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Thu 15 Mar 2018 @ 10:18
RT @T4CGMichael Sandel leads a Common Good debate at @StPaulsLondon next Monday 19 March. Find out more at… https://t.co/0aPMIsZf3j
Author(s): Mark Scarlata
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With an emphasis on the nature and importance of divine presence, "The Abiding Presence" provides a unique perspective on the overarching theology of Exodus drawing particular attention to God's revelation at the burning bush, Sinai, and the tabernacle.
Exploring the rich theological themes that emerge from the final form of the narrative the commentary also reflects on how these themes were employed by New Testament authors in understanding the life and ministry of Christ.
Bridging the gap between accessibility and scholarly rigour, this commentary offers an excellent tool for ordinands, students, teachers in higher education and preachers to engage with the theology of the book in its Old Testament context as well as how its message is revealed in the New Testament and continues to speak today.
Revd Dr Mark Scarlata is Tutor and Lecturer in Old Testament Studies at St Mellitus College, London.
"Mark Scarlata has written a winsome accessible exposition of the Book of Exodus. This commentary will be of immense value for preachers, teachers, and serious church readers." -- Walter Brueggemann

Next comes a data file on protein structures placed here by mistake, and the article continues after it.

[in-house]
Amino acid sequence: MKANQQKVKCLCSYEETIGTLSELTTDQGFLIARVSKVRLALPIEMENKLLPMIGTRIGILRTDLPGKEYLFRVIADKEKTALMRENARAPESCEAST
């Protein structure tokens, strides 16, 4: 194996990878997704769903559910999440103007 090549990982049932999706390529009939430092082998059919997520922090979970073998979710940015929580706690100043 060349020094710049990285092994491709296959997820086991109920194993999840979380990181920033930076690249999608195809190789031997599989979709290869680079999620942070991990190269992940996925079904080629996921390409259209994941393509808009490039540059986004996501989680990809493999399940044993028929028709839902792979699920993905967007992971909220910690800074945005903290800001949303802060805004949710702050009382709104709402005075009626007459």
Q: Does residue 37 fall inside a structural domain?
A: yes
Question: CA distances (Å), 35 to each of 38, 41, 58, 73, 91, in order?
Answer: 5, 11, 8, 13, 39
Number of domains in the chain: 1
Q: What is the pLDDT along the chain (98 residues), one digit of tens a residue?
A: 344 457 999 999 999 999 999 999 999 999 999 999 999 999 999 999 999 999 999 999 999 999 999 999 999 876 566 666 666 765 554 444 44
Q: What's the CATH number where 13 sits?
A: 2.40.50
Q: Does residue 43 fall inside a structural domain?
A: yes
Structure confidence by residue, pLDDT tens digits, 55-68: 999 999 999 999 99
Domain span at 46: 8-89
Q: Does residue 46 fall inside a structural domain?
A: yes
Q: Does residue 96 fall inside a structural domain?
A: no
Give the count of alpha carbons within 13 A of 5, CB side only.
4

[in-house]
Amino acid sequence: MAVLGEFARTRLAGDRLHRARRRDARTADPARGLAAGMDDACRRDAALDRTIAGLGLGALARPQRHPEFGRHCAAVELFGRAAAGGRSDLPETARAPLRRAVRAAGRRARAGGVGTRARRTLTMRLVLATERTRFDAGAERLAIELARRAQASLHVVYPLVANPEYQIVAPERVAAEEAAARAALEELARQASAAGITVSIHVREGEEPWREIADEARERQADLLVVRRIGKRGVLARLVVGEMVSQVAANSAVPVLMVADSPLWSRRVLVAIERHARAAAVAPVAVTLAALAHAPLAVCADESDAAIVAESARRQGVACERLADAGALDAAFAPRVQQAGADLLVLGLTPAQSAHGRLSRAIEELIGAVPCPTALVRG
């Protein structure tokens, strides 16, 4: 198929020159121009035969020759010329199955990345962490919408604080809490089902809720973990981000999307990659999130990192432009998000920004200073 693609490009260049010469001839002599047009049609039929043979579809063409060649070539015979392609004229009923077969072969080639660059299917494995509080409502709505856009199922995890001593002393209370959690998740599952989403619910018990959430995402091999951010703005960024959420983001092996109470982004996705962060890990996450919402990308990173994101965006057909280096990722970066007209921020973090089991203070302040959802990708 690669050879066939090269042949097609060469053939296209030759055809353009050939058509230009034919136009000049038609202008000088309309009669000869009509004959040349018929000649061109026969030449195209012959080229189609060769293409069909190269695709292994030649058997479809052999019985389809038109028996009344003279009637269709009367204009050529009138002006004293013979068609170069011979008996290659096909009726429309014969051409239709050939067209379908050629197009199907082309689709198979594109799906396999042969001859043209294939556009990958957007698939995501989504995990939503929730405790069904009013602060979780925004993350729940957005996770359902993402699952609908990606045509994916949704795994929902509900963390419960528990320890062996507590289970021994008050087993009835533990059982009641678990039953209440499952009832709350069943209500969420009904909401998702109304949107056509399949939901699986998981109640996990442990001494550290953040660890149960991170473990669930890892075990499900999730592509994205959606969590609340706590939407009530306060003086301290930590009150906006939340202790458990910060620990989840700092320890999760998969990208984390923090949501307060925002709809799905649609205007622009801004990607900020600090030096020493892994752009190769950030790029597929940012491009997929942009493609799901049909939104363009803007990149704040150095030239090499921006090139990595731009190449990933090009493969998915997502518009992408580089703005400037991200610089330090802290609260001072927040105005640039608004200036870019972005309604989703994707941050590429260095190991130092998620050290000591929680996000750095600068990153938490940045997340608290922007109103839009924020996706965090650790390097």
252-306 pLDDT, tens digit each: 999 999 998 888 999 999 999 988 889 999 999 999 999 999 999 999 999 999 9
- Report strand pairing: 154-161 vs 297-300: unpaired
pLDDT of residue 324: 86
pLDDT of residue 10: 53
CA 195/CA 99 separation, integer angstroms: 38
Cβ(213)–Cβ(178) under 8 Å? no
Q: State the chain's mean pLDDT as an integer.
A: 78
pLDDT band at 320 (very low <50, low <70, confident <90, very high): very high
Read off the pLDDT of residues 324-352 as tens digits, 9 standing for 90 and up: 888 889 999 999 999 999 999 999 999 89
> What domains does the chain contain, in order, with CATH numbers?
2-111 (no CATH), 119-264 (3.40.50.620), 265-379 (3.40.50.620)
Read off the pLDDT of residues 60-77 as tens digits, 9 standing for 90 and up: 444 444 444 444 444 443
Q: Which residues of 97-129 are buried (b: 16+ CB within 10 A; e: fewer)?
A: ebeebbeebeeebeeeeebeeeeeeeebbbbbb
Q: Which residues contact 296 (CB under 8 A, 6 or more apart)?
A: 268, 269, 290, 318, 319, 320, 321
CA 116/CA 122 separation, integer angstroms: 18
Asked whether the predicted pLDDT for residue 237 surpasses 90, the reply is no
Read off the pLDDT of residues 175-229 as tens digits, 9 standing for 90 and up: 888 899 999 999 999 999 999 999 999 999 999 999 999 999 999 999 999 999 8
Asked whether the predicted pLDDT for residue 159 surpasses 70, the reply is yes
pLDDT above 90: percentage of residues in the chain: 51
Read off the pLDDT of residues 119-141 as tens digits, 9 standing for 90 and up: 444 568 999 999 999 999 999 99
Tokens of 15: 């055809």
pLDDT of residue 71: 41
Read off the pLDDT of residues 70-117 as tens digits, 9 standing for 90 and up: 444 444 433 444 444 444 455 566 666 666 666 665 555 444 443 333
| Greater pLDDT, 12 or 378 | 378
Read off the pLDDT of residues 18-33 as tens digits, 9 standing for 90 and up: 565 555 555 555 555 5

"Theological interpretation can be rather loosely related to the biblical text. This isn't that kind of theological interpretation. It's a careful running exposition of the text itself. It shows how Exodus is about God being present with Israel and delivering them and then being present with them on an ongoing basis. While theological interpretation can also be rather loosely related to questions about history, this commentary additionally manages to consider the historical issues and the questions about the book's origin. And it sets the Book of Exodus in the context of the Scriptures as a whole. It is an impressive achievement." -- John Goldingay
"This is a fine reading of the biblical text. Scarlata takes seriously both the complexities and the insights of modern biblical scholarship. He situates them, however, within an accessible literary and theological reading of the biblical text in its received form as an enduring witness to the ways, and presence, of God." -- Walter Moberly